In this article, we are going to discuss the “8 Best Indonesia Souvenirs: Mask” article series. Talking about the mask in Indonesia has so many uses. We do know that mask has become one of the oldest forms of expression ever created by human civilization. Some people can just use the mask for performing, or maybe use the mask for more serious matters like doing a ritual or something. The first thing we should learn about the mask is character. There are several masks that can resemble characters very well via their looks, and the performance by the dancers or performers. Topeng (Indonesian for “mask”) is a dramatic form of Indonesian dance in which one or more mask-wearing, ornately costumed performers interpret traditional narratives concerning fabled kings, heroes, and myths, accompanied by gamelan or other traditional music instruments.
Indonesian traditional masks
Indonesian traditional masks becomes so popular in some Indonesian regions as a part of their custom culture. There are so many types of them since every region has its own typical traditional mask. Indonesian traditional masks commonly become a part of traditional dance. Most of them bring the richest cultures of Indonesian traditional dances.
In Indonesia, the tradition of masks has been passed down from generation to generation. The shape of the mask is a picture of character or disposition. Masks with sweet characters are used for the gentle king or princess masks, the harsh type or the role of the gallant-king, the fierce type that is scary for giants, the funny type for the role of the king’s retinue, the old type for the role of sages or gods, and so on. The creation of masks is an attempt to describe the typology of certain character traits. In today’s modern system of life, the role of the mask shifts and the shape develops, both in terms of style, size, style, and function. The masks are depictions of ancestors and ceremonial worship of ancestral spirits.
The mask is a symbol of an expression of magical values. Behind all the looks and characters, masks have noble values and moral messages contained in them. But now, traditional Indonesian masks have been considered as works of art, so they are now in great demand. Even art observers say that traditional Indonesian masks are multi-dimensional works of art, namely exotic, spiritual, and magical works of art. When viewed from the various types and characteristics, each type has its own characteristics and characteristics. Below is some of them:
Some Traditional Masks in Indonesia
Cirebon is considered one with the most popular mask design. In parallel to the local story of Cirebon, there are five types of human-shape masks: Panji, Samba or Pamindo, Rumyang, Tumenggung, and Klana. Each type shows unique expressions and features. Sadly, a traditional mask such as the Cirebon mask is on the brink of extinction.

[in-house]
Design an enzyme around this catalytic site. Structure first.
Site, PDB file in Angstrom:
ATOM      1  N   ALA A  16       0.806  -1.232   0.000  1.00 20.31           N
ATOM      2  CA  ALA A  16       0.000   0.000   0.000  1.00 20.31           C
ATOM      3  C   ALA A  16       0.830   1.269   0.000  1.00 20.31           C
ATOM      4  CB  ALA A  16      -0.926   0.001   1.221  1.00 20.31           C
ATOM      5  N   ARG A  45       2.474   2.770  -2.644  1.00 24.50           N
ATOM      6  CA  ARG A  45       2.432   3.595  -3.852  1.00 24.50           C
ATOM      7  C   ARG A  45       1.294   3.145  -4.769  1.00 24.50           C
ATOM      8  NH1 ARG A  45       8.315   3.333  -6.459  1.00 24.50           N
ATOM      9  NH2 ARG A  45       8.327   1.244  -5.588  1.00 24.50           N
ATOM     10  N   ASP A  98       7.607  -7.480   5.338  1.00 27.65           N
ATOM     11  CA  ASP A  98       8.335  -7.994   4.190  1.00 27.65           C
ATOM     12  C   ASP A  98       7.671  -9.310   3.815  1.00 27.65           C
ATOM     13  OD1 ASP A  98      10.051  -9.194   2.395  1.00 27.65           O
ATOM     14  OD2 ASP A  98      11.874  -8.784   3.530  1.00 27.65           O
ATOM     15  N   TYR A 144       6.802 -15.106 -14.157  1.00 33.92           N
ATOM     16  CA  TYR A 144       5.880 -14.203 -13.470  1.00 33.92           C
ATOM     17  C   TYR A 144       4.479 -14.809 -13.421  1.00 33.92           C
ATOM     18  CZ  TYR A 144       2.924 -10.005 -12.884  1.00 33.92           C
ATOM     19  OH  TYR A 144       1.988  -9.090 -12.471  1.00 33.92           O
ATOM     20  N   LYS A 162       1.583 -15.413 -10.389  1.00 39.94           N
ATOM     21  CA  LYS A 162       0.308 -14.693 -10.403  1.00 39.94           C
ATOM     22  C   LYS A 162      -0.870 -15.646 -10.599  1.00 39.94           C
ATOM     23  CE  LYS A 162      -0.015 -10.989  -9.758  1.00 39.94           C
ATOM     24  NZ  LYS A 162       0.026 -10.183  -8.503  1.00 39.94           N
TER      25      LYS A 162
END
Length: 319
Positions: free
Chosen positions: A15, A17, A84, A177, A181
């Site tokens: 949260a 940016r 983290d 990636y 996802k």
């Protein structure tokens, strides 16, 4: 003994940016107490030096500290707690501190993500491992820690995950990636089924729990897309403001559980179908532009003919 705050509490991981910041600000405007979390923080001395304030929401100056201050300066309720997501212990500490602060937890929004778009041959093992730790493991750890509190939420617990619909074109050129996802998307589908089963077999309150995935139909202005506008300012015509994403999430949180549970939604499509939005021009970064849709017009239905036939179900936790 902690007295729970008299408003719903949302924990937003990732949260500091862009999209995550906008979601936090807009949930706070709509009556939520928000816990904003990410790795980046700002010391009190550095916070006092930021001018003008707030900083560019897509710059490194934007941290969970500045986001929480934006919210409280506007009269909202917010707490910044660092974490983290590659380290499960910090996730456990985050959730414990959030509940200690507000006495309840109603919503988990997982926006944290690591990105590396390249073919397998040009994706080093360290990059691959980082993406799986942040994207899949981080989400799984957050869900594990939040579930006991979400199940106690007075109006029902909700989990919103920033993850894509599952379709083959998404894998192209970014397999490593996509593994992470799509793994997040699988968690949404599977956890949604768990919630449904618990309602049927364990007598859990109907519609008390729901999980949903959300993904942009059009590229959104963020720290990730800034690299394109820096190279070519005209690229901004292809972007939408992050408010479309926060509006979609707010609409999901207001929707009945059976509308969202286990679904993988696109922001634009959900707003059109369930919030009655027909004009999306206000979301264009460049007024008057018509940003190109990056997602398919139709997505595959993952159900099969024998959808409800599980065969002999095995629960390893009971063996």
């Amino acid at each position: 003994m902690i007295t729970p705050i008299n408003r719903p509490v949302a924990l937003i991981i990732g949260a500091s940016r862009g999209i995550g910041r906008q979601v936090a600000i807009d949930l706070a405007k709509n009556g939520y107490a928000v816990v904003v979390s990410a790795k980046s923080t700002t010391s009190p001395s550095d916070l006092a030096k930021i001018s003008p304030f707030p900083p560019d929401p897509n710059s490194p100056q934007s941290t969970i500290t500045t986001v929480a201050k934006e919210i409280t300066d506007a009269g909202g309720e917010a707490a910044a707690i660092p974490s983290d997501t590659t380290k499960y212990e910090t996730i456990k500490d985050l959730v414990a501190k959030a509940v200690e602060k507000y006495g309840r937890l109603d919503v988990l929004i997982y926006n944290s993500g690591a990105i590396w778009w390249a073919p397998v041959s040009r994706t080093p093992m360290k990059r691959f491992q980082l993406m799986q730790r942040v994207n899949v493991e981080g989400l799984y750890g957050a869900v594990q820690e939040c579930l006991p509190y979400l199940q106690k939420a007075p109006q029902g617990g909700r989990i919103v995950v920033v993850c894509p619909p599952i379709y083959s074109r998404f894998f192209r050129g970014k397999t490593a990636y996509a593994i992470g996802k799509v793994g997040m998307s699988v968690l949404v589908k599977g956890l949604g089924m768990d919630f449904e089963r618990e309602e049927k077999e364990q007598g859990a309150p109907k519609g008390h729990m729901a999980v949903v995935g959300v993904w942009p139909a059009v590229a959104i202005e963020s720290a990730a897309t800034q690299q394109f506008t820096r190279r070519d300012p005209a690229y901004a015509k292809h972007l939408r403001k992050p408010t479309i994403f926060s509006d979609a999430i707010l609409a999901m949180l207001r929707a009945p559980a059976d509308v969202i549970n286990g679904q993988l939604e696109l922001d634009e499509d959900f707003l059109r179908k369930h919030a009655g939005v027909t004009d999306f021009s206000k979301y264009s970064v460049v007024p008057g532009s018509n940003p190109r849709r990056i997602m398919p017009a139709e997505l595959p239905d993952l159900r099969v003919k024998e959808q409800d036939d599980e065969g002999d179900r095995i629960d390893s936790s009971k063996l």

Yogyakarta mask becomes one of the most popular masks in Indonesia many decades ago. It becomes the main accessory of the Wayang Wong traditional dance which is very well known. According to the Wayang Kulit performances, the man and women are wearing masks that are similar to Wayang Kulit’s actor. In Yogyakarta tradition, the mask dance is part of wayang wong performances. Composed and created by Sultan Hamengkubuwono I (1755–1792), certain characters such as the wanara (monkey) and denawa (giant) in Ramayana and Mahabharata use masks, while the knight and princesses do not wear masks. The Punakawan (jester) might use a half-mask (a mask without a jaw) so he can speak freely and clearly. Significantly here, the mustache is painted in black. The Topeng Klono Alus, Topeng Klono Gagah, and Topeng Putri Kenakawulan dances are classical Yogyakarta court dances derived from the story of Raden Panji from the 15th-century Majapahit legacy. The Klono Alus Jungkungmandeya and Klono Gagah Dasawasisa are masked dances adapted from Mahabharata stories.
The topeng of the Surakarta Sunanate court is similar in style and theme to the Yogyakarta variants. Differences are seen in the craftmanship of masks; facial hair is represented with hair or fibre, while the Yogyakarta style uses black paint. Similarly to Yogyakarta, the Sukarta topeng punakawan (jester) often uses a jawless half-mask.
The hudoq mask represents one of the animal spirits central to the ceremonial celebration of the sowing of rice. These spirits were to ensure that the rice spirits were comfortably in the rice paddy and would provide a good harvest. In the Dayak language, hudoq means hornbill bird. These famous masks are worn during agricultural ceremonies and to welcome important guests.
Sidakarya Mask Dance is played by male dancers wearing white masks. His mask is far from a handsome face. His eyes were slanted, his teeth stubbed, his face half human half demon, long shoulder-length hair, and wearing a white veil. Dancers usually carry bokoran containing canang sari, incense, yellow rice, and sekar ura. This is another sacred or holy mask of Bali. The Sidakarya mask is one of the important things of Balinese people’s life, especially in the way of spirituality. The use of the Sidakarya Mask is like a symbol that a ritual or ceremony has been done so well.
These are some types of Indonesian Traditional masks that exist in Indonesia for decades until now. Most of them represent the rich culture of Indonesian Arts. In Kaliuda Gallery, you can also browse and check the antique collection that we’ve curated. We have a wonderful collection with a mix of displays of cultural art from all over the world, especially Indonesia.